We also found historical records of dancing performed in north Manchester and Salford. But it’s worth noting that in these communities, there wasn’t any actual dancing at all.
Rather, children would dress up in costumes, with boys often dressing as girls and wearing rouge. They would then go from house to house, asking for small amounts of cash, similar to trick-or-treat (but with money instead of candies!)
Unfortunately, the fun tradition died out rapidly in the post-war eras (after the 1950s) due to slum clearance programs, which aimed to develop slums into more appropriate housing and other developments.
But while the thought behind the programs was good, the programs also destroyed many long-standing communities across Manchester and, with them, the Molly dance.
Molly Dance Costumes
Costumes are the most important part of the molly dance. After all, the cross-dressing attires of “The Fool” (or “the Molly”) was what gave the dance its name in the first place.
In the past, it’s worth noting that many of the costumes worn by molly dance tropes won’t be considered politically correct or socially acceptable today.
Dancers have been known to dress up as red Indians, wear straws, create false humpbacks, and mimic people with disabilities.
To conceal their identities, dancers disguise their faces using masks, face blacking, goggles, and other methods. The “disguise” further plays into the subversive and irreverent nature of the dance.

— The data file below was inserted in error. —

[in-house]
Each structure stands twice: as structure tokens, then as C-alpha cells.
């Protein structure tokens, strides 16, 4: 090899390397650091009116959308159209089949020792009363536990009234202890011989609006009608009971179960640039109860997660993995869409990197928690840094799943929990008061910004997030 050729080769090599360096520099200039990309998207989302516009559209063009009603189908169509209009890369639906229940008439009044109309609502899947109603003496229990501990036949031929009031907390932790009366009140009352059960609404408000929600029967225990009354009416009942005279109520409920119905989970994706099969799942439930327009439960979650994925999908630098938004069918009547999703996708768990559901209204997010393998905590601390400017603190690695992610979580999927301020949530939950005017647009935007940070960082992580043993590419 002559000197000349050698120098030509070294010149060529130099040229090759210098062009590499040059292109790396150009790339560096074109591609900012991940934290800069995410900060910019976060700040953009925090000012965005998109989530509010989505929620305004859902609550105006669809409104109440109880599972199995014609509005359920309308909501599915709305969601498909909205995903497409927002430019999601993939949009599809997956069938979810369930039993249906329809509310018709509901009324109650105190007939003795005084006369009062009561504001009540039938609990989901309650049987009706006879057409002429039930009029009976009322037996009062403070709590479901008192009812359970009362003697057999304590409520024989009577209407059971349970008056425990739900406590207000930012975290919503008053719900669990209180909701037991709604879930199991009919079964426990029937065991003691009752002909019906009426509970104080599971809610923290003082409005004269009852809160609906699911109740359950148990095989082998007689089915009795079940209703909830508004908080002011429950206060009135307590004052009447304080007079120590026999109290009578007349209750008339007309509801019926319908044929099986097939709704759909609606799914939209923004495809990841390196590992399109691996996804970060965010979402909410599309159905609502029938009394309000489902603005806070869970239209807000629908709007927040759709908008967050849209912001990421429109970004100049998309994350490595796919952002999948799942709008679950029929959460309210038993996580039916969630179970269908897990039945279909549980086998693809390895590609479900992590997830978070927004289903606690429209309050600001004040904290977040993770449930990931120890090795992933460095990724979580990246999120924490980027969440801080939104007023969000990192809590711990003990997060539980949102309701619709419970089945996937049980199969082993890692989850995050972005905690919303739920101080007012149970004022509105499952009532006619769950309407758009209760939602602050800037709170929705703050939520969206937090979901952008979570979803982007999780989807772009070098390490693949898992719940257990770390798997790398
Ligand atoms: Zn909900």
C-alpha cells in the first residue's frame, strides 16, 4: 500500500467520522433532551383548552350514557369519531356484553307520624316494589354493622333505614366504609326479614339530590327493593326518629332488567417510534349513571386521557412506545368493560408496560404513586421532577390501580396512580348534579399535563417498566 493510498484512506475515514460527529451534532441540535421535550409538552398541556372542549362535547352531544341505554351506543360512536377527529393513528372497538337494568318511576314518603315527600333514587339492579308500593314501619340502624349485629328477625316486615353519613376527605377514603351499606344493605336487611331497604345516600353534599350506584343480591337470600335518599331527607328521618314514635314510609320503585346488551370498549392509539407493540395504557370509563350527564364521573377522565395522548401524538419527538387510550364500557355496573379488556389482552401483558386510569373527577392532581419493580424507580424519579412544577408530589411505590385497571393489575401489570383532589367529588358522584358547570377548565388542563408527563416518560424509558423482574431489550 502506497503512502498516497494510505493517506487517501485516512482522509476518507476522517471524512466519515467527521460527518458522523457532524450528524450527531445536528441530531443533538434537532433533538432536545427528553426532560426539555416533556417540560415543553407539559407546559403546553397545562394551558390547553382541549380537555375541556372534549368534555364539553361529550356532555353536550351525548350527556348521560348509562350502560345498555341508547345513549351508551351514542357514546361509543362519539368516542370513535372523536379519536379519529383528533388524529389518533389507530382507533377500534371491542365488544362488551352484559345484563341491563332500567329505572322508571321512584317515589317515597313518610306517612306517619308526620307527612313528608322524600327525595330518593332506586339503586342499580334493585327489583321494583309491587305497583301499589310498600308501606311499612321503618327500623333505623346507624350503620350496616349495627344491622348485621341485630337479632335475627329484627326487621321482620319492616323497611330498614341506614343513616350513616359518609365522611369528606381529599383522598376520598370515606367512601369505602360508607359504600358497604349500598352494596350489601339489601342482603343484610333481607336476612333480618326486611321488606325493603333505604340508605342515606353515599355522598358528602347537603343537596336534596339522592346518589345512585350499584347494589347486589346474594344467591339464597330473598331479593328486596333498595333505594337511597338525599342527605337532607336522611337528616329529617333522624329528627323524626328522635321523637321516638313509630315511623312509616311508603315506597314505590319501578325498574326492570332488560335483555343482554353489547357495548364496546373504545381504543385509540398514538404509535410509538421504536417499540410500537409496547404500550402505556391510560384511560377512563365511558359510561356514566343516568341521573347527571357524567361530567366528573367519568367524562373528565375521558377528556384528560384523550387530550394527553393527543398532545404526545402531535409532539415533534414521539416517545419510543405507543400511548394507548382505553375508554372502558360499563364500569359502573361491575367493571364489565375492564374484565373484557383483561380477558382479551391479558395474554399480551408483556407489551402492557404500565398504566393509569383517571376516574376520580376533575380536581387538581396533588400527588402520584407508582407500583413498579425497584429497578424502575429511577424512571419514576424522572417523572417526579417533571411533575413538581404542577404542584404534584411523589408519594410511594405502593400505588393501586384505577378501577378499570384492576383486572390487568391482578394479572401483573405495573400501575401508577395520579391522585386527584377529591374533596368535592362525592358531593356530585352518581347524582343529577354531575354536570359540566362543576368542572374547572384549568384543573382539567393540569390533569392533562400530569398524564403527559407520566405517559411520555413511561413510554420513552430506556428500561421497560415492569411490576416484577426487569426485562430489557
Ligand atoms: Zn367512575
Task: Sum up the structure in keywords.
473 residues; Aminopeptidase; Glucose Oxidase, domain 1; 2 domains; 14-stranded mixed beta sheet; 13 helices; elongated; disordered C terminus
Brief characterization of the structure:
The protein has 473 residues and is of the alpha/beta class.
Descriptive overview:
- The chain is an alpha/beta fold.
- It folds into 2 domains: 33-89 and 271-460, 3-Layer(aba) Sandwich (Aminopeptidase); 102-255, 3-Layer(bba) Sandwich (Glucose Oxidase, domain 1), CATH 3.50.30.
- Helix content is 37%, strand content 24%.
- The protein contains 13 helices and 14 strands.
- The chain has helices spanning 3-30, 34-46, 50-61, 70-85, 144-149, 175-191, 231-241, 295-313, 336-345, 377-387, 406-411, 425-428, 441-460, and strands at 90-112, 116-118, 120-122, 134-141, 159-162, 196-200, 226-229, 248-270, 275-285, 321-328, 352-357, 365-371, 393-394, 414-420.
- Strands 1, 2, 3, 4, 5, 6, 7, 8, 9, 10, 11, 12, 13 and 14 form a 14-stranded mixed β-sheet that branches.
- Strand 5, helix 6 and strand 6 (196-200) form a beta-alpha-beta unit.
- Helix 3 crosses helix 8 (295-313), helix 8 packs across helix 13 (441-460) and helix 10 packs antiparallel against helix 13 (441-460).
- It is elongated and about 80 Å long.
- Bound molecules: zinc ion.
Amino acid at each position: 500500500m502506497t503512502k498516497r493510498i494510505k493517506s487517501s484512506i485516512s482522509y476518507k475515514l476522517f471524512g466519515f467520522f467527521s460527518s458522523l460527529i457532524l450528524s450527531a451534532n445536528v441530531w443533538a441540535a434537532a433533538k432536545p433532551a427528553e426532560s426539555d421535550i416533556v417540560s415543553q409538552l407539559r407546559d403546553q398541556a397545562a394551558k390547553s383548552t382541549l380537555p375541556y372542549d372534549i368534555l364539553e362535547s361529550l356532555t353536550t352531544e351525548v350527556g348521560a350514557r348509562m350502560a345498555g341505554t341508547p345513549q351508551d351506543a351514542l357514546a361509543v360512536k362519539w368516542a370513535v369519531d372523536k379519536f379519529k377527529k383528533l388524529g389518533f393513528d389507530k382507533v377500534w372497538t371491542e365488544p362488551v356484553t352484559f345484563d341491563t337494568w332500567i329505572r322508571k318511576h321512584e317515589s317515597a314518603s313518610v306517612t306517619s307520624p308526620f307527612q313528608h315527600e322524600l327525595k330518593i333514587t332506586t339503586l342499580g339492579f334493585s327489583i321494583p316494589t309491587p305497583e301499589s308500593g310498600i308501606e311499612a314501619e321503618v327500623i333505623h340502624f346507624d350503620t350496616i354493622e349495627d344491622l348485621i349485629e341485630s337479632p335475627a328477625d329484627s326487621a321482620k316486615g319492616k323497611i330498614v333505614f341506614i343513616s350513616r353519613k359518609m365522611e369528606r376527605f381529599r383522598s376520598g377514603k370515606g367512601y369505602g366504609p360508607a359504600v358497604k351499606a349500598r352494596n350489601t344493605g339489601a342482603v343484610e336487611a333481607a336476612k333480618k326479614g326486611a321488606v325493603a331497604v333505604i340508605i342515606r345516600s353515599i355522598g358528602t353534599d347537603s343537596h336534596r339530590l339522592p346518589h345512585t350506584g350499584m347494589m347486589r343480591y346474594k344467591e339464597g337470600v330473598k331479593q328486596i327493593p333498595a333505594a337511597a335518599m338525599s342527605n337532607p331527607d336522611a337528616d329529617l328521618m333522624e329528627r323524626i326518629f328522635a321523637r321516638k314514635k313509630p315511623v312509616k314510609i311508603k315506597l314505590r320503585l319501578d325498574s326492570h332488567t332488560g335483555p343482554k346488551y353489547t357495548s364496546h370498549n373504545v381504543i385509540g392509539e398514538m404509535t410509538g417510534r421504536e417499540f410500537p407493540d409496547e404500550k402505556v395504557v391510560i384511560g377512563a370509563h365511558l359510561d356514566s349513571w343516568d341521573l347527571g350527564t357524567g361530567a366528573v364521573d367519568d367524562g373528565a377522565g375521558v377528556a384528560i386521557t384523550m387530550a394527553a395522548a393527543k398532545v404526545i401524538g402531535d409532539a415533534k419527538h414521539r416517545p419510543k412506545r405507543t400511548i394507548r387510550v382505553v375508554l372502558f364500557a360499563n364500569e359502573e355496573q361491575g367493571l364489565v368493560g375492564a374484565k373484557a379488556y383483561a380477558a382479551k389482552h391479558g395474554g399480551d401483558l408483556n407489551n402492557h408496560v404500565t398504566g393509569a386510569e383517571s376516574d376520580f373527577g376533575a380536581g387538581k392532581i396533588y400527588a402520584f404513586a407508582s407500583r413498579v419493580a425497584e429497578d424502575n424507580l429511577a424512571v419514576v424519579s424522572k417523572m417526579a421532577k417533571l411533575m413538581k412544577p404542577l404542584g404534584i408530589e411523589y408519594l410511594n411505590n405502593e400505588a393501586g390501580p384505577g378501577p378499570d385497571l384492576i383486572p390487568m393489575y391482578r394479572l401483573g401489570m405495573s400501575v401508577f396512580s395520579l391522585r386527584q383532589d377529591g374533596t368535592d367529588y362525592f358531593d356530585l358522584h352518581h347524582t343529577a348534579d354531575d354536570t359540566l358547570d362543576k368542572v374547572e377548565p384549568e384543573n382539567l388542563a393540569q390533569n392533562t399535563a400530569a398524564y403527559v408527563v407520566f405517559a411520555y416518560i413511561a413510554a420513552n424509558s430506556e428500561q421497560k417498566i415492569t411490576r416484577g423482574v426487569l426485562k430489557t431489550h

But of course, the “star” of a molly dance show is always the cross-dressers.
Several members of the trope would dress up in women’s clothing. There are many explanations as to why they do this. The most plausible theory is that it’s much easier and cheaper for men to borrow costumes from women they know.
Plus, seeing men dressed in women’s clothes back then would be quite a funny sight for people back then!
Modern Molly dancers, of course, no longer perform these rough jokes as society changes. Rather, they wear Edwardian-style working men’s attire with added touches such as sashes, rosettes, rags, and ribbons.
To add a bit of outrageousness to their costumes, they may mix and match colors and patterns that aren’t normally worn together to turn their costumes into literal eyesores.
Many teams also use face paint as a disguise (black face paints are no longer acceptable.)
The Molly still exists in modern molly dance tropes! Every trope has at least one male member taking up this role.
Notable Molly Dance Groups
If you’re looking for groups to see in the UK or simply want to find good dance recordings, here are a couple of Molly dance groups you can check out.
Old Glory is a dance group founded in 1994 to revive the Molly dancing tradition in East Suffolk, England.
As part of the group’s performance, two main characters led the cast in a fun performance: the “Lady” and “Lord,” representing the local upper-class gentry.
The cast also consists of other characters, such as the “box-man,” who carries a collecting box to take donations from the public as they perform, and the “broom-man,” who clears the way for the cast as they make their way down the streets.
And, of course, the special part is that even though there’s the “Lady” role – one that you’d expect to be done by a female cast member – all of the dancers in the group are men.
The women are the musicians in the background, playing various instruments, from recorders to drums and “tea-chest” bass (a makeshift bass made from an old wooden box).
Pig Dyke Molly